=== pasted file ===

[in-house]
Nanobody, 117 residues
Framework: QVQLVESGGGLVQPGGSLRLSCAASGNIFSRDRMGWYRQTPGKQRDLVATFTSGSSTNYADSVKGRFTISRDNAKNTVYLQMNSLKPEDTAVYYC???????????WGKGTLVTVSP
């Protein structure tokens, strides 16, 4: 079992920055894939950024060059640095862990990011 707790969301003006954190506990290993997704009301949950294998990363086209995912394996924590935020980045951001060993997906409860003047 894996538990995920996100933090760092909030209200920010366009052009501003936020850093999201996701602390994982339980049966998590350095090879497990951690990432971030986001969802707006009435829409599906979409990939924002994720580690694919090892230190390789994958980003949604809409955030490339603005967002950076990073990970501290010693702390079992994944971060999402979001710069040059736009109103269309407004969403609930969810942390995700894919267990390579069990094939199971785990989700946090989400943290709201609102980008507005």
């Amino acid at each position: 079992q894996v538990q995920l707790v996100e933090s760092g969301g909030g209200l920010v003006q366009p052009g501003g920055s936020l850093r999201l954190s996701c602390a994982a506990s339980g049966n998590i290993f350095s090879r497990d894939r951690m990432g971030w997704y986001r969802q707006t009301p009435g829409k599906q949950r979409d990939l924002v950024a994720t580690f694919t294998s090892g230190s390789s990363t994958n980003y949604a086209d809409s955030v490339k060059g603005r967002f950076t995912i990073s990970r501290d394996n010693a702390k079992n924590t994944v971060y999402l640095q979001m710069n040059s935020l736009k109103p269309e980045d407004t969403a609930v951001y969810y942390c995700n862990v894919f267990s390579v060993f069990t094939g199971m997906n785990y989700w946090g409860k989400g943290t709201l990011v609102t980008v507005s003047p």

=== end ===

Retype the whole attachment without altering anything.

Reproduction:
[in-house]
Nanobody, 117 residues
Framework: QVQLVESGGGLVQPGGSLRLSCAASGNIFSRDRMGWYRQTPGKQRDLVATFTSGSSTNYADSVKGRFTISRDNAKNTVYLQMNSLKPEDTAVYYC???????????WGKGTLVTVSP
């Protein structure tokens, strides 16, 4: 079992920055894939950024060059640095862990990011 707790969301003006954190506990290993997704009301949950294998990363086209995912394996924590935020980045951001060993997906409860003047 894996538990995920996100933090760092909030209200920010366009052009501003936020850093999201996701602390994982339980049966998590350095090879497990951690990432971030986001969802707006009435829409599906979409990939924002994720580690694919090892230190390789994958980003949604809409955030490339603005967002950076990073990970501290010693702390079992994944971060999402979001710069040059736009109103269309407004969403609930969810942390995700894919267990390579069990094939199971785990989700946090989400943290709201609102980008507005």
């Amino acid at each position: 079992q894996v538990q995920l707790v996100e933090s760092g969301g909030g209200l920010v003006q366009p052009g501003g920055s936020l850093r999201l954190s996701c602390a994982a506990s339980g049966n998590i290993f350095s090879r497990d894939r951690m990432g971030w997704y986001r969802q707006t009301p009435g829409k599906q949950r979409d990939l924002v950024a994720t580690f694919t294998s090892g230190s390789s990363t994958n980003y949604a086209d809409s955030v490339k060059g603005r967002f950076t995912i990073s990970r501290d394996n010693a702390k079992n924590t994944v971060y999402l640095q979001m710069n040059s935020l736009k109103p269309e980045d407004t969403a609930v951001y969810y942390c995700n862990v894919f267990s390579v060993f069990t094939g199971m997906n785990y989700w946090g409860k989400g943290t709201l990011v609102t980008v507005s003047p």